The Amsterdam Beursplein (“Stock Exchange Square”) has been restored in a beautiful way. The 1903 square had been used as car parking space until 1982, after which it had been a sea of parked bicycles. Now the square is clear of most vehicles and its space can be used by people.
The big change took place last year. In July 2018 the underground bicycle parking garage was opened. (History repeated itself in a different form; in 1982 the cars were sent off the square when the parking garage of the Bijenkorf department store was opened in a corner of the square.) Beursplein was named after the stock exchange that was first located in the building designed by architect Berlage who also designed the square. That building was also used by other trade markets. Already in 1912 the Stock Exchange moved to a new, dedicated building at number 5. The Amsterdam Stock Exchange was the world’s first official (formal) stock exchange when it began trading the VOC’s freely transferable securities, including bonds and shares of stock in 1606.
Now that the north-south metro line was finally finished the streetscape from Central Station to the Dam and further south could be beautified. On this square the monumental street lanterns returned as well as the original benches, fountains (which were actually mangers where horses could drink) and other street furniture. All of it made from natural stone. Some trees had to be removed to dig the underground parking garage, so new trees were planted. The object was to create more space for walking and cycling and so most obstacles (including parked bicycles) needed to go. It is unfortunate that the car parking garage is still here, because that is almost the only reason cars can still use this city centre street and square.
The new bicycle parking garage entrance was also created from natural stone, to go well with the original street furniture of the square. The stairs and its walls look very luxurious because of this material. The garage is managed by the city and it is open 24 hours per day, seven days per week. It is guarded and the first 24 hours of parking are free. If you park longer you pay €1.25 per day. If you want to park your bicycle here on a regular basis and also for longer periods, an annual subscription may be more attractive. This costs €75 per year. There are two-tier racks for 1,700 bicycles. The only further amenity in this garage are toilets. You have to pay to use them but they could still be very convenient because for some obscure reason public toilets are rare in the Netherlands.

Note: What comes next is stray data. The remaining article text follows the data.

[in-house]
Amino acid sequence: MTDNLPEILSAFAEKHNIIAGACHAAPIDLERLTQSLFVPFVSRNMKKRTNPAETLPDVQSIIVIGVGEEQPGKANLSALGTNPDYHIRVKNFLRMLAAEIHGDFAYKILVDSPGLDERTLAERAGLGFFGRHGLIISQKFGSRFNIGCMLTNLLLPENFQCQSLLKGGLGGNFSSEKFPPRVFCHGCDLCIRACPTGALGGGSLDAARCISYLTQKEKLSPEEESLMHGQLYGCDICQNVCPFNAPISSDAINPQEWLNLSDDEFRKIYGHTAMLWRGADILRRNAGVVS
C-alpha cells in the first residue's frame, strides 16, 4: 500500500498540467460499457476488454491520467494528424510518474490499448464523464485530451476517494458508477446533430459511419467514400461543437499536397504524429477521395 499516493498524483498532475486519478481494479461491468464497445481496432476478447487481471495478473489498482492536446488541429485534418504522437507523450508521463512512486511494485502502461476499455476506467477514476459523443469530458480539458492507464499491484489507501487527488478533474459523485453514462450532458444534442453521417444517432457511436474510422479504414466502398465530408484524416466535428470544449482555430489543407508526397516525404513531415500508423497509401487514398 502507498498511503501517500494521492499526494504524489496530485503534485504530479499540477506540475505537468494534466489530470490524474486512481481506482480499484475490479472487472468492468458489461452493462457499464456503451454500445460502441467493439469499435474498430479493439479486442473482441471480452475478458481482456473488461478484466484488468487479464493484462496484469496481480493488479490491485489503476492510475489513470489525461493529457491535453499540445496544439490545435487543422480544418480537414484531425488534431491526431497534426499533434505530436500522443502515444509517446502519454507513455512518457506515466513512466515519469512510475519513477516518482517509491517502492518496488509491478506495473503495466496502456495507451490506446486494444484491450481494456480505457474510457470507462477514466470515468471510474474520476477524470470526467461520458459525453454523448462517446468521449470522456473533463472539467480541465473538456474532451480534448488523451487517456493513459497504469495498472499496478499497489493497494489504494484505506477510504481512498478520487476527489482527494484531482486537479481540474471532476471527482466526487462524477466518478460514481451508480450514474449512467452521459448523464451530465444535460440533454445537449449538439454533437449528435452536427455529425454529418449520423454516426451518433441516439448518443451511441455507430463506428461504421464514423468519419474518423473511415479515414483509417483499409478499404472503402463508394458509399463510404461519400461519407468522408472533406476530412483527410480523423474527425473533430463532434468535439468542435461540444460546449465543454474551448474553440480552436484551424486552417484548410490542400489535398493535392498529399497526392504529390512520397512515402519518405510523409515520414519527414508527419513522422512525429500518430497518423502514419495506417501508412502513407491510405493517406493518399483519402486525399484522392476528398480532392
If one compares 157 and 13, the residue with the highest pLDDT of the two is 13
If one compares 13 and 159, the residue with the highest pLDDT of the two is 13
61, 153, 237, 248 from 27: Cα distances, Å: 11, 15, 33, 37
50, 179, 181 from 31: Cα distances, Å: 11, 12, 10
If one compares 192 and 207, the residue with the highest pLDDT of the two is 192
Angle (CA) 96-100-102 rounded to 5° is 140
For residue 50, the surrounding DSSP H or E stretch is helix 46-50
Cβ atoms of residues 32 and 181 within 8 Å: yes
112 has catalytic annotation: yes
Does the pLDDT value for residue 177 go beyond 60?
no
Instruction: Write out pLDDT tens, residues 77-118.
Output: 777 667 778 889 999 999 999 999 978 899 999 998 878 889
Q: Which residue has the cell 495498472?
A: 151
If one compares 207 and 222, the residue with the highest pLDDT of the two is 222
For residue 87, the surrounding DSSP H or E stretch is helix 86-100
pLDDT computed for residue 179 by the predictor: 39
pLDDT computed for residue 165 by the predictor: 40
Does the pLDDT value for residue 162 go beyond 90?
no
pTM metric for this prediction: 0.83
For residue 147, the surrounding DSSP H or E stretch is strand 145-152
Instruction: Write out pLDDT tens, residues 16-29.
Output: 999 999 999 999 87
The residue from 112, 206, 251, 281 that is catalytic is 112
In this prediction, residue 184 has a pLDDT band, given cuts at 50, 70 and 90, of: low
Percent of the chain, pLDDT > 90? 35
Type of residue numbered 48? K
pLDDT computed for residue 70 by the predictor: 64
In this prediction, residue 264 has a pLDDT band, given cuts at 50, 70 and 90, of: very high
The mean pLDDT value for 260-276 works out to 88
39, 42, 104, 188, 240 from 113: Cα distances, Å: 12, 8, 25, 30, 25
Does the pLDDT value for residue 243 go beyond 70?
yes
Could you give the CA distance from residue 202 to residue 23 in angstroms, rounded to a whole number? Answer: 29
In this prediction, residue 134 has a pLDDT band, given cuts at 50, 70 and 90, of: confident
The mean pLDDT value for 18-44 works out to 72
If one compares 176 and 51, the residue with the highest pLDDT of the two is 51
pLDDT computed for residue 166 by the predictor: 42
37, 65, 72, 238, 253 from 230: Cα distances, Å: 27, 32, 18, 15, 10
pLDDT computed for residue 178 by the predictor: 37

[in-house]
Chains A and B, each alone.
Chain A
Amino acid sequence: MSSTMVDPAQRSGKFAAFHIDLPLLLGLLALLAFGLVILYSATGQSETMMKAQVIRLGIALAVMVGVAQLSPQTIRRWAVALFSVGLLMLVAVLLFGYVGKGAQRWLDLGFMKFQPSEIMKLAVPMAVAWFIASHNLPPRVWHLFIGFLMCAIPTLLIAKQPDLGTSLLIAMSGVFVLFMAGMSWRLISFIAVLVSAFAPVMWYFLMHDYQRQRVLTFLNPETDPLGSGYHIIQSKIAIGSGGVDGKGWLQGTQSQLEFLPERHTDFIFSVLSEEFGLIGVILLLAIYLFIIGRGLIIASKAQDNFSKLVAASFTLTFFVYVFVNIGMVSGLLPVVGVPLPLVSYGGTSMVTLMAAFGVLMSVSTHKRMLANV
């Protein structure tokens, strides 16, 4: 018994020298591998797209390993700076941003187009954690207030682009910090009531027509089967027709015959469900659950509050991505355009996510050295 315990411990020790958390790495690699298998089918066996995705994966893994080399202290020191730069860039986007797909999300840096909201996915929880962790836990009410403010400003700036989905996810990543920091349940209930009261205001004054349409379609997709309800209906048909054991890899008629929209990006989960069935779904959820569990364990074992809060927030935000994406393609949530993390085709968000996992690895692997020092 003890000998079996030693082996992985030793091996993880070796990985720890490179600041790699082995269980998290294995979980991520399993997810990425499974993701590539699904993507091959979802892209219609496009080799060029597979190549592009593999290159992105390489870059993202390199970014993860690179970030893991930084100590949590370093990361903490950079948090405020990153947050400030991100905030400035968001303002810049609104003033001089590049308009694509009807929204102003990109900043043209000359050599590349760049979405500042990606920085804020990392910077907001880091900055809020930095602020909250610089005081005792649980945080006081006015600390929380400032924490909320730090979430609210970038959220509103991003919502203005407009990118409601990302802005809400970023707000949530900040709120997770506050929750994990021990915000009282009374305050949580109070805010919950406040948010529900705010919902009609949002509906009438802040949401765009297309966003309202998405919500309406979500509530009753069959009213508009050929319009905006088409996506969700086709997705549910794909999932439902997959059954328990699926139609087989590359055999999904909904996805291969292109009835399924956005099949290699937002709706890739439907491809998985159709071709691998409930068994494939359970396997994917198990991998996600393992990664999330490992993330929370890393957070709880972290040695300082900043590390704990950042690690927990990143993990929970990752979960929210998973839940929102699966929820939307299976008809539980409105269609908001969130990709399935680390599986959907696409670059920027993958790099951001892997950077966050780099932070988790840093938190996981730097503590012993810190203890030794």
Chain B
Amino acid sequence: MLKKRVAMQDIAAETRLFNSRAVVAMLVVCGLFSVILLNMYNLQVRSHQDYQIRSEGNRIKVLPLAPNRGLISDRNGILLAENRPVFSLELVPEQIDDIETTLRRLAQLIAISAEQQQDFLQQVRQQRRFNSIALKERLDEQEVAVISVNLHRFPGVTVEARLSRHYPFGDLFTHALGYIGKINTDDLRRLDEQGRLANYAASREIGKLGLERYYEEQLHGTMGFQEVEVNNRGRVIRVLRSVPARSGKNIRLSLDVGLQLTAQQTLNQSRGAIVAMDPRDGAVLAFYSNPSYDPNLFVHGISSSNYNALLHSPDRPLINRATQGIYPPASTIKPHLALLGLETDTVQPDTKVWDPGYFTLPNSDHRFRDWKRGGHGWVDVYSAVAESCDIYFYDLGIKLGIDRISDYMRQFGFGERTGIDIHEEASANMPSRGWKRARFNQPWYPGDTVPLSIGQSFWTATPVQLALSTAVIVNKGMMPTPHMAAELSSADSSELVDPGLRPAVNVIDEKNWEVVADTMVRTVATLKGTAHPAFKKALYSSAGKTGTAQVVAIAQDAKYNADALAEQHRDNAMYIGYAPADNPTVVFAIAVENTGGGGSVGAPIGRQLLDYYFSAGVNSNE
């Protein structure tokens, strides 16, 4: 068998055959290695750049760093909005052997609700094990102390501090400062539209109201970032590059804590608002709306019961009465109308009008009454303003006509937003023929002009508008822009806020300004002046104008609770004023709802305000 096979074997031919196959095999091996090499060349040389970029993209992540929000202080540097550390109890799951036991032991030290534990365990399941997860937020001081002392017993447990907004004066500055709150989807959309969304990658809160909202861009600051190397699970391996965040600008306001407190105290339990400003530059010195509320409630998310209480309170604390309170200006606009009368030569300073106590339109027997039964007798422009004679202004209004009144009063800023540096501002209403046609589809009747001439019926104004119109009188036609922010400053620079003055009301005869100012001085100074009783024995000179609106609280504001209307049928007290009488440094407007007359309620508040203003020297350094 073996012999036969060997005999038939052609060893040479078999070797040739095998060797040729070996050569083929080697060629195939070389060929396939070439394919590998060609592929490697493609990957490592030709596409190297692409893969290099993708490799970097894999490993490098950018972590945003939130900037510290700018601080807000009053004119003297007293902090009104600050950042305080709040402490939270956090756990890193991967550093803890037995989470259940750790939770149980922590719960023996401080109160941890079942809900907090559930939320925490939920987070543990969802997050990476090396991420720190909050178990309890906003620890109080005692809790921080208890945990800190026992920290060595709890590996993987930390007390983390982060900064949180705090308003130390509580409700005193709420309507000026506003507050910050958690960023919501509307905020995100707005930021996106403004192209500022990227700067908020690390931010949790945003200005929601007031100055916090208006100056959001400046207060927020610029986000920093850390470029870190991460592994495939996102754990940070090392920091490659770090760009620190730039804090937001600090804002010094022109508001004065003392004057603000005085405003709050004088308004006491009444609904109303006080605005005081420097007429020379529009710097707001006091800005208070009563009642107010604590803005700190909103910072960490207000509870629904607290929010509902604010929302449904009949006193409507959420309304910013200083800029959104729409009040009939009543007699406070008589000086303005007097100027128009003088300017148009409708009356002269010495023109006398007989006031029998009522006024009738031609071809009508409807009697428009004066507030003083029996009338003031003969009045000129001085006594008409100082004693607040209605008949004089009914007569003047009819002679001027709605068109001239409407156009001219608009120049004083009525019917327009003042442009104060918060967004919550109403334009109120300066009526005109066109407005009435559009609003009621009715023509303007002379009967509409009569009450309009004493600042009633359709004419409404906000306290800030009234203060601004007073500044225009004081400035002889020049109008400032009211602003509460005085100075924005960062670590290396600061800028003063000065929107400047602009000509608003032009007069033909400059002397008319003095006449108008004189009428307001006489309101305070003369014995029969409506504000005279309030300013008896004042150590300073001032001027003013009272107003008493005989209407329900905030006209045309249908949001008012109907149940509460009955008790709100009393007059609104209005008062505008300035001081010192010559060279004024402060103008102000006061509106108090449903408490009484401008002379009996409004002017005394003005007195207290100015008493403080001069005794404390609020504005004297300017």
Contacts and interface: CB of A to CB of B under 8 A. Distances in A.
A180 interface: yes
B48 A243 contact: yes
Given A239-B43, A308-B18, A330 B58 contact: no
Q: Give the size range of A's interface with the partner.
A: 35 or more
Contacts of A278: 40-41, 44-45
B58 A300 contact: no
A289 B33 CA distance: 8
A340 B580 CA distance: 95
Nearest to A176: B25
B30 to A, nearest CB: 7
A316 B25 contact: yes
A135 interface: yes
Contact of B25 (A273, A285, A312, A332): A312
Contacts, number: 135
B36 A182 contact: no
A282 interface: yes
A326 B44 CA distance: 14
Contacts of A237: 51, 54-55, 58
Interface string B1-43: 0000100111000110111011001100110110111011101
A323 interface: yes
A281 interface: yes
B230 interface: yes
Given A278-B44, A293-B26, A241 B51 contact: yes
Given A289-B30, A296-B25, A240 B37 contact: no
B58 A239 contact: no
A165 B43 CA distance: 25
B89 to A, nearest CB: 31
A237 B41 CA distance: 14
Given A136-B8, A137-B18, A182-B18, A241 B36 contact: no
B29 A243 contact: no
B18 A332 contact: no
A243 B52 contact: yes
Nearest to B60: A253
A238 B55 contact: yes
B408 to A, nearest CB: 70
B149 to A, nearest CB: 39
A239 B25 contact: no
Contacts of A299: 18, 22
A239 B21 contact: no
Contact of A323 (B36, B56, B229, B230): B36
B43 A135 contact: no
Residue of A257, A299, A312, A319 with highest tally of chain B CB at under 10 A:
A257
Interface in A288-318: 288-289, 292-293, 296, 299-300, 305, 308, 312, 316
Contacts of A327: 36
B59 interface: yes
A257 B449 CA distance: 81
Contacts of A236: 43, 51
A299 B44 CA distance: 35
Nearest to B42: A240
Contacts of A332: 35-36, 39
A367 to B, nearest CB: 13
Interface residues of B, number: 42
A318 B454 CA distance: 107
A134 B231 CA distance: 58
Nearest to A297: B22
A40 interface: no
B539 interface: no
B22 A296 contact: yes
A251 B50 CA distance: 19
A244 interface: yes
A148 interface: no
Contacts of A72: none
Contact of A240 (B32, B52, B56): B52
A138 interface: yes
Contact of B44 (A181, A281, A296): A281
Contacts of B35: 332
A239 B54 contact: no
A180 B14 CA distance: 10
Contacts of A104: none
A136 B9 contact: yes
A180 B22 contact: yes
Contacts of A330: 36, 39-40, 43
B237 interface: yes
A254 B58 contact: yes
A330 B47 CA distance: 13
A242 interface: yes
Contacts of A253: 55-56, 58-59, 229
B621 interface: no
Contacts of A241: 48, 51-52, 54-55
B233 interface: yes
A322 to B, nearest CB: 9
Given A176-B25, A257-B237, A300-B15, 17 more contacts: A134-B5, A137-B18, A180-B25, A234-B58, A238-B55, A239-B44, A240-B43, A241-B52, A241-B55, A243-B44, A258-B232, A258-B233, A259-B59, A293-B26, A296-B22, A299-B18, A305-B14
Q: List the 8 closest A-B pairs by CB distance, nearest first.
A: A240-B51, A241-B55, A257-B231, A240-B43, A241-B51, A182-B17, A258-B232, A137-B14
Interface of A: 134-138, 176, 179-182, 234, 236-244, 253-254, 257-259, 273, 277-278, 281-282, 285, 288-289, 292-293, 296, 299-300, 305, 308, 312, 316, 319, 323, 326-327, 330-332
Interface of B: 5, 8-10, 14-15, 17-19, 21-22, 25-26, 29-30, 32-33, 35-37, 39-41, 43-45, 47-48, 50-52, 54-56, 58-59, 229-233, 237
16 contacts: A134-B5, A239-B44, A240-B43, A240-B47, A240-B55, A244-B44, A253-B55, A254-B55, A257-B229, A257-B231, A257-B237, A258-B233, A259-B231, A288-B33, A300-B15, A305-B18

To make sure people park their bicycles here, a strict no parking regime for two-wheelers is in place in the streets in a wide zone around the square. This area includes nearby Dam Square. The parking ban is indicated with lines on the ground, no-parking signs and even cones on the street. Other signs guide people to the bicycle parking garage. Wrongly parked bicycles get tagged and they are removed within two hours after tagging. Wrongly parked scooters get a fine. I saw traffic wardens on the square doing this even on a rainy Wednesday almost a year after the facility was opened. When they saw people parking bicycles they told them to go to the garage instead. Only cargo bikes and bicycles for people with a disability (who wouldn’t be able to go down the stairs) are allowed on the street, but again only in designated spaces.
This was the first underground bicycle parking garage in the city centre of Amsterdam. There are already some others near the Amsterdam-Noord and Amsterdam-Zuid station for instance. More underground facilities are being constructed (such as the one near Leidseplein for 2,000 bicycles that should be finished in 2021). A huge bicycle parking garage at Central Station under the water is also under construction. That garage for 7,000 bicycles should also be finished in 2021. The local newspaper does wonder whether the Amsterdammers can be enticed to use these garages. Thanks to the enforced parking ban on Dam and Beursplein there are hardly any bicycles to be seen there, but on the other hand the garage is almost always only half full, a reporter wrote.
My video showing the underground bicycle parking garage of Beursplein in Amsterdam.